Elmer Smith: Race alone won't derail Obama

Posted: September 23, 2008

"If I don't win this election, it won't be because of race."

- Barack Obama

WE'VE HEARD Barack Obama say this a number of times in the past two years. The producers of "60 Minutes" ran a similar quote in a segment on Obama in this week's profile of the two candidates.

I sat next to him 14 months ago when he made that point again in a briefing with a small but influential group of black columnists in Las Vegas.

I remember thinking that this guy has been running from race for so long, he's starting to believe this stuff.

But as race rises to the surface in the final weeks of the campaign and more and more white voters are willing to discuss it, I'm starting to believe he's right.

In fact, it's precisely because so many more white voters are willing to come out in the open on this issue that I am starting to feel that his race alone will not keep Obama out of the White House.

Racism is like a blood-borne virus that grows and spreads in the warm channels of our arteries. But it loses power in the open air.

There will be some who won't vote for Obama or any other black candidate. A lot of folks wanted to take Gov. Rendell to the woodshed for making that point during the Pennsylvania primary.

It may have been a convenient truth for Rendell and Hillary Clinton, his candidate in the primary. But it was true nonetheless.

It's still true. But how many people is it true of?

Not enough to derail Obama, I think.

You might think differently if you had read the Associated Press-Yahoo News poll conducted with Stanford University. It has been interpreted to show that Obama's race could cost him six points on Election Day. Three of the last presidential elections have been decided by fewer than six points.

"There's a penalty for prejudice and it's not trivial," Stanford political scientist Paul Sniderman said in interpreting the poll results.

Far from trivial, it is significant and substantial.

But it will not be decisive, because in times of crisis, enlightened self-interest is often enough to trump even our most deep-seated biases.

It's not the hard-core bigots that Obama has to worry about. Very few of them were ever going to vote for a Democratic presidential candidate anyway.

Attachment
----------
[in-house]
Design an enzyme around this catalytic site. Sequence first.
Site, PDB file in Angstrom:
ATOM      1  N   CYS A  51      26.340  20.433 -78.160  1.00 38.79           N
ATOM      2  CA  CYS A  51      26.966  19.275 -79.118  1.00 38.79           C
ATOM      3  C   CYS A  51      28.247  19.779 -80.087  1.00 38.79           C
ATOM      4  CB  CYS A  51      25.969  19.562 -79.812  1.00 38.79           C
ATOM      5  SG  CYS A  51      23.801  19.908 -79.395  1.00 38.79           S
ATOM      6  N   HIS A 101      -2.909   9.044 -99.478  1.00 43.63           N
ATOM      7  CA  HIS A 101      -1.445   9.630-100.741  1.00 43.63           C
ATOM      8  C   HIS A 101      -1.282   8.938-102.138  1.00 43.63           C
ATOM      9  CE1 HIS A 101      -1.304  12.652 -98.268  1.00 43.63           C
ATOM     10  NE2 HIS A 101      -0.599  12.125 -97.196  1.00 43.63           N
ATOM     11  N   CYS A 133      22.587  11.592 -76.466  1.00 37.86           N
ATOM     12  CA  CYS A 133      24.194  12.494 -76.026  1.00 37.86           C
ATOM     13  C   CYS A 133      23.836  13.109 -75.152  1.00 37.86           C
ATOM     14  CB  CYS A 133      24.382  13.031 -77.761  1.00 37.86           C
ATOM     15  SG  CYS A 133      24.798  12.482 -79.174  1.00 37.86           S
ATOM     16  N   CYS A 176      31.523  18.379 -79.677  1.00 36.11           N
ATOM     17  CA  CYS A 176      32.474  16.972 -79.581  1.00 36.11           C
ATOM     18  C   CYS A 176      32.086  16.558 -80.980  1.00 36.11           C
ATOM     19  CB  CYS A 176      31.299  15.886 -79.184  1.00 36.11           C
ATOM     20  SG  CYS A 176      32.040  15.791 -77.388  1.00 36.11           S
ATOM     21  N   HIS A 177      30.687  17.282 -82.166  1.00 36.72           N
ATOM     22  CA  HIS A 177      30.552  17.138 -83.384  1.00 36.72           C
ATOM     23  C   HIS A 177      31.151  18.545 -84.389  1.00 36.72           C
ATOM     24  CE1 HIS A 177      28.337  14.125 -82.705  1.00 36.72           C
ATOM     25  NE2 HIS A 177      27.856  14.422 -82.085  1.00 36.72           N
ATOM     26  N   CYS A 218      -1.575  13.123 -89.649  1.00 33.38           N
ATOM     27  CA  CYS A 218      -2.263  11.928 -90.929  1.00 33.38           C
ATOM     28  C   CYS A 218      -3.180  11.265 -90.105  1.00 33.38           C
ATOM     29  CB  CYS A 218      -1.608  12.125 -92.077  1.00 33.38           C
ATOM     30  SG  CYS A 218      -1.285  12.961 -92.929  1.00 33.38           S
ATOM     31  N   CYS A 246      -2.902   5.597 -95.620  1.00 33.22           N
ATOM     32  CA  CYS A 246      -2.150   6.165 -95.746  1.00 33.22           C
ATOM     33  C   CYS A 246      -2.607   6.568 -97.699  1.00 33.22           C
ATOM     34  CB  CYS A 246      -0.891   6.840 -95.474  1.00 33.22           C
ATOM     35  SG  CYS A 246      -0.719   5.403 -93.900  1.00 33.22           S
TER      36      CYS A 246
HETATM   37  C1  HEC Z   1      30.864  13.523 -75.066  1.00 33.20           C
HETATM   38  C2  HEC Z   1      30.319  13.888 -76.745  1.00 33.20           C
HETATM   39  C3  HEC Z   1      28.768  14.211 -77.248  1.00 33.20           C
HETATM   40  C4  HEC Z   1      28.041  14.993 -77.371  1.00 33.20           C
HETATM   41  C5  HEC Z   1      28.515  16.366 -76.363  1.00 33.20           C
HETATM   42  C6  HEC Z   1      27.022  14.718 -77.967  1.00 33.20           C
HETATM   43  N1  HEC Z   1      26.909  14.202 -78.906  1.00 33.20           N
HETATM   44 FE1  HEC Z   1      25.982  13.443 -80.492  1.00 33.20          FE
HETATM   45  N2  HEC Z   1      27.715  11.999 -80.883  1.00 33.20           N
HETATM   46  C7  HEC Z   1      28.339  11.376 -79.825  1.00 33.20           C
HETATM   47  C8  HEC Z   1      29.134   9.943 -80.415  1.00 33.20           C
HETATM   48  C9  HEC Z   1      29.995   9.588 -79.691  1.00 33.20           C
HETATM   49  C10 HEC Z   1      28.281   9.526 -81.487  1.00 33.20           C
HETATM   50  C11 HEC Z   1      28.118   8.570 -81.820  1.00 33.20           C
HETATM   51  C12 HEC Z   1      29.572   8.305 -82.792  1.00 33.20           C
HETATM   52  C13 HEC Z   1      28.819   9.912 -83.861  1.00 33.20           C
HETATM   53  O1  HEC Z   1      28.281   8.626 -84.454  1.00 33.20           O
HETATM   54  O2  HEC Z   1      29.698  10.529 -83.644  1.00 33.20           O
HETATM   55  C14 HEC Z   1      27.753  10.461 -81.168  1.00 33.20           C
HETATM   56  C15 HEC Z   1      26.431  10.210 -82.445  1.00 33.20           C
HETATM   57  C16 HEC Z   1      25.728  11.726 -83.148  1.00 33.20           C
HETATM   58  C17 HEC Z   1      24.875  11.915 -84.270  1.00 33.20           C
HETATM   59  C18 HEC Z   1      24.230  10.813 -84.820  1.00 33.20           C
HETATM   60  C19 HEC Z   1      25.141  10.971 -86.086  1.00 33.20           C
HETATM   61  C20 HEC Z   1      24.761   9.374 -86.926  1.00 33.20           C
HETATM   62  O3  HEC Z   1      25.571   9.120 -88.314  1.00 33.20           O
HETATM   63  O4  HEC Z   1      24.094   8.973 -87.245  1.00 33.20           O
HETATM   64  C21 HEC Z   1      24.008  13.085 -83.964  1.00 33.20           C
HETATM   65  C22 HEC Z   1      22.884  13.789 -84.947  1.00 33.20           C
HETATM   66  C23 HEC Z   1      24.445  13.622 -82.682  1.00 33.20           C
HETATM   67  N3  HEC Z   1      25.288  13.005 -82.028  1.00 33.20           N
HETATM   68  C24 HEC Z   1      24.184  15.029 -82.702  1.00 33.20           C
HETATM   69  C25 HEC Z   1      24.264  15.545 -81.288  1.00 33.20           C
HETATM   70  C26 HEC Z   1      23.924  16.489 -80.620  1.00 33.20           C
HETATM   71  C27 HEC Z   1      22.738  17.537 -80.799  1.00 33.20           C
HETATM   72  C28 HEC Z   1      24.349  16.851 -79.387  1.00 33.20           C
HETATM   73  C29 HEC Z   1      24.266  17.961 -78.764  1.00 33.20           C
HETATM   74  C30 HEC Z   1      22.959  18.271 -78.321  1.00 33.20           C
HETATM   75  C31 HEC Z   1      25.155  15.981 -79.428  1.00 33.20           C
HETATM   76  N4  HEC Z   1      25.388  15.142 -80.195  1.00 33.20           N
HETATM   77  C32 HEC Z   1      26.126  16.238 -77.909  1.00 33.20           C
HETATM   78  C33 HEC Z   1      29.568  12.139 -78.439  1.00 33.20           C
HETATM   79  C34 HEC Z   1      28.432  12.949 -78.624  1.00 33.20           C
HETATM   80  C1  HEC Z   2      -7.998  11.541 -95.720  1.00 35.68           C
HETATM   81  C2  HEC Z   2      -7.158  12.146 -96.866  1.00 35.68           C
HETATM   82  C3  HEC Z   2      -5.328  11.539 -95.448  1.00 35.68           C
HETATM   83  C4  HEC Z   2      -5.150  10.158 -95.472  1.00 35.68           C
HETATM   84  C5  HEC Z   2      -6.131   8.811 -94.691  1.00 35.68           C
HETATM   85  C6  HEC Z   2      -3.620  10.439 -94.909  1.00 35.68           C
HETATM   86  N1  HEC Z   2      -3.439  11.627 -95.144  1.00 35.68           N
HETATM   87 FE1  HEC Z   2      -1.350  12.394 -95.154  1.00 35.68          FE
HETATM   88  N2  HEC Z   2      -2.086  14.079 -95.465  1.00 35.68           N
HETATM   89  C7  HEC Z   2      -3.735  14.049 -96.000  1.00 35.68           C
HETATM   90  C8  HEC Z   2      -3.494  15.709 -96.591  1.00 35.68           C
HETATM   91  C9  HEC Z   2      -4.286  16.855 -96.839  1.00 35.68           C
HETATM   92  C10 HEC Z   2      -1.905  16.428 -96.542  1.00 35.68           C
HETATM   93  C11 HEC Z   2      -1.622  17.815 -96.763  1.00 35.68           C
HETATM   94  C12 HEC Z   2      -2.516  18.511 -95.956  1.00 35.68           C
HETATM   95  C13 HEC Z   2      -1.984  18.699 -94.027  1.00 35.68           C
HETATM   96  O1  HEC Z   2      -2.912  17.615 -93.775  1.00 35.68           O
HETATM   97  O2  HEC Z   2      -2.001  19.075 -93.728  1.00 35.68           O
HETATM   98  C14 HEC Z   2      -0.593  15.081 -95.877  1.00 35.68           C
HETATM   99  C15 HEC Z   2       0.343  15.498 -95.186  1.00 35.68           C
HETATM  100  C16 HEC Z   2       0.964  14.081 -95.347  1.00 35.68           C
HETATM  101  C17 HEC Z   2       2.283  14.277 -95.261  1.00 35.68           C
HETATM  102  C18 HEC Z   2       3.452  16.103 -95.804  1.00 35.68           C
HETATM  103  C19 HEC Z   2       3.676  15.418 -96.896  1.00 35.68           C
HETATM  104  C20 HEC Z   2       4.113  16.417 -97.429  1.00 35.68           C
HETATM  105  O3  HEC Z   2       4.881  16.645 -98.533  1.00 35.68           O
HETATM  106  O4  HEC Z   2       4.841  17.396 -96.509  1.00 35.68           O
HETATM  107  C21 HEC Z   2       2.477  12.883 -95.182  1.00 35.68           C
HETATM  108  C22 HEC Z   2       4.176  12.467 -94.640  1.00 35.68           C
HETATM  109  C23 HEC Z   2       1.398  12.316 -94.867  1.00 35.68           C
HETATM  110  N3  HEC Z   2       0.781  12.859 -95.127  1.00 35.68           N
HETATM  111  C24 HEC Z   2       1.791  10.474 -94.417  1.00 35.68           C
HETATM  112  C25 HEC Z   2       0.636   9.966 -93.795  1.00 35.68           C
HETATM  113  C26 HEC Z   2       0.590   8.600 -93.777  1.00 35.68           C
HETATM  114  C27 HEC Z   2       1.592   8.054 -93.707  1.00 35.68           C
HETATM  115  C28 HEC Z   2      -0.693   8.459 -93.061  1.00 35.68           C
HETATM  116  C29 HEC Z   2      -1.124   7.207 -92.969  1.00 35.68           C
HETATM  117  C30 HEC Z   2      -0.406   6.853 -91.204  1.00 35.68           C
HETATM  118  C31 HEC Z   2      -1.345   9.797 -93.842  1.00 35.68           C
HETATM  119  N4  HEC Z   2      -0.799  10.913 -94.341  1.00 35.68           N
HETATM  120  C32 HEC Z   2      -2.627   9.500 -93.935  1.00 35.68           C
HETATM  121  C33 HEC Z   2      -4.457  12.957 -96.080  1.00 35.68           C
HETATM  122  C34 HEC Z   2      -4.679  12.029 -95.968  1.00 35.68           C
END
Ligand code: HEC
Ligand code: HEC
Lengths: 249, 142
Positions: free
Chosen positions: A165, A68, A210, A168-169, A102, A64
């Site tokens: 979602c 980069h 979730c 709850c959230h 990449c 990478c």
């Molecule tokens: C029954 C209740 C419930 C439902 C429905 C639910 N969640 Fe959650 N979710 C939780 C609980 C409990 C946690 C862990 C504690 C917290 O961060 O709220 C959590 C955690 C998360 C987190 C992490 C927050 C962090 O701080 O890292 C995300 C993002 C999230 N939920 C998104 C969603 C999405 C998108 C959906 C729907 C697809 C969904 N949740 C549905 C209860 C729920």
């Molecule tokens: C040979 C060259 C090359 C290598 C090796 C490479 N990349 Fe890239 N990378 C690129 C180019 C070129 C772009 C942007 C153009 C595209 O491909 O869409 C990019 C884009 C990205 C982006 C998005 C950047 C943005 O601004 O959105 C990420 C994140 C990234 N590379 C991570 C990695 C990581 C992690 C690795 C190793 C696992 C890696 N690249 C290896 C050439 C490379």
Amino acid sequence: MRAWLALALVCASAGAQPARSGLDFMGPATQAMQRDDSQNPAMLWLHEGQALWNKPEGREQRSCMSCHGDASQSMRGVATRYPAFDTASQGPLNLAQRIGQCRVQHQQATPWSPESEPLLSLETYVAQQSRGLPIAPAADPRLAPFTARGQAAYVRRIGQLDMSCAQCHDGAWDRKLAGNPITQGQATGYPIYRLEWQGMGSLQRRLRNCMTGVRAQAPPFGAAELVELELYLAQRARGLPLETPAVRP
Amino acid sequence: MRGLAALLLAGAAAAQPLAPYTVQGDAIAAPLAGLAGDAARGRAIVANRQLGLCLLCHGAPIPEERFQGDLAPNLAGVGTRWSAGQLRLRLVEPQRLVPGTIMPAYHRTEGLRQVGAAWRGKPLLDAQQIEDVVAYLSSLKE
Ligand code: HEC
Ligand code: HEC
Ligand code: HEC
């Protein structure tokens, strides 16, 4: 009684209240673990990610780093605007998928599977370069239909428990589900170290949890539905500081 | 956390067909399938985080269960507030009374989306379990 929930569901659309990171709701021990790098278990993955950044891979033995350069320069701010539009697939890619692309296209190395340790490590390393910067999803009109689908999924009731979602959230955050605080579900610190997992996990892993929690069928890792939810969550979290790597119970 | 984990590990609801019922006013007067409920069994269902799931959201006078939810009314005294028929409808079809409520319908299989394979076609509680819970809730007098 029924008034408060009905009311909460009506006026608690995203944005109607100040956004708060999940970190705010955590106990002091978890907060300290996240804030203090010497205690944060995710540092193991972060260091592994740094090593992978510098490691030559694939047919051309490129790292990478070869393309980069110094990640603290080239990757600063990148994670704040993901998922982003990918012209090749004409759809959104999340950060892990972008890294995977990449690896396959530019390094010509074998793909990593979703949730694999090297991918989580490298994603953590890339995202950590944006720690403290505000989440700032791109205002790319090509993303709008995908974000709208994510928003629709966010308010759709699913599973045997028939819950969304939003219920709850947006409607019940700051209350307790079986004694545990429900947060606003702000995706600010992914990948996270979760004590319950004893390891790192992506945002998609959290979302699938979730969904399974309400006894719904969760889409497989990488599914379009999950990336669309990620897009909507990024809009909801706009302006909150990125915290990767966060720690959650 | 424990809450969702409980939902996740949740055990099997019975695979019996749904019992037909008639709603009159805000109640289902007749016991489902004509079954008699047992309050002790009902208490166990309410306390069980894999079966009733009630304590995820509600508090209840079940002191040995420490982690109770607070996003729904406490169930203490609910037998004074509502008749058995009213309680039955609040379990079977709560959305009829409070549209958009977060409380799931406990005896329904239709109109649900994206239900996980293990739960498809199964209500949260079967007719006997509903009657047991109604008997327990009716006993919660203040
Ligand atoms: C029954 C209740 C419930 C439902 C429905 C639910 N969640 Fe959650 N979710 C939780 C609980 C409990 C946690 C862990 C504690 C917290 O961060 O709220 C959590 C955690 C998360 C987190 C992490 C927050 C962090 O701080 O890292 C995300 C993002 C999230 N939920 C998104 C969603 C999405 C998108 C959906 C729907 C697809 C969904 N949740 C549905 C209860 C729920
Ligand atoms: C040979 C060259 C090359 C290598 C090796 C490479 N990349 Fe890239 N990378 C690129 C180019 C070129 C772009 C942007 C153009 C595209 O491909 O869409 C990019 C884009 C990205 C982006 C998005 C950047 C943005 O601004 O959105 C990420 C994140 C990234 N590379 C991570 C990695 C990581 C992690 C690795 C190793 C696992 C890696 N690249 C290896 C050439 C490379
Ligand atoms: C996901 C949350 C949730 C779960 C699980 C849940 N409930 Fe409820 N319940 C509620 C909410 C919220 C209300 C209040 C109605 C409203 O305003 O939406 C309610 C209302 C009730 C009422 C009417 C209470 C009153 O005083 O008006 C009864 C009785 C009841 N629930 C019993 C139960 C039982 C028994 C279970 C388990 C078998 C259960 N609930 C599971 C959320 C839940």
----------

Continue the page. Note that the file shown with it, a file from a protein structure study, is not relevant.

Republicans have been offering them a haven for 50 years. When Ronald Reagan opened his campaign in Philadelphia, Miss., site of one of the most racist chapters in American history, he used the coded issue of states' rights to beckon bigots to his camp.

In 1981, when Reagan attempted to try to restore Bob Jones University's tax-exempt status despite its bigoted stand against interracial dating, Reagan was just marking his territory.

What Democrats have to worry about is the blue-collar workers who did not bolt to the GOP at the height of the civil-rights movement. Unionists who believe that every economic advance they have achieved is threatened by minority workers are anxious.

But it's not a new anxiety. They chose to keep the faith with minorities and others in the Democratic coalition because they believed Democratic policies were in labor's best interest.

With pocketbook issues topping their agendas, they will have to decide if their best chance for affordable health care, middle-class tax breaks and shifting the balance of economic power from their bosses to them is more important than unease about Obama's race.

Union leaders in open discussions need to remind the rank- and-file that not every racial concern makes you a racist and that to abandon the coalition would be voting against their own interests.

They need to remind their members that black people have voted for every pro-labor Democrat since 1934.

"If we do a good job in letting people know who I am and what I stand for," Obama has said, "they'll make judgments not based on my race but based on how well they think I can lead this country."

Or how little they would gain from the alternative. *

Send e-mail to smithel@phillynews.com or call 215-854-2512. For recent columns: http://go.philly.com/smith

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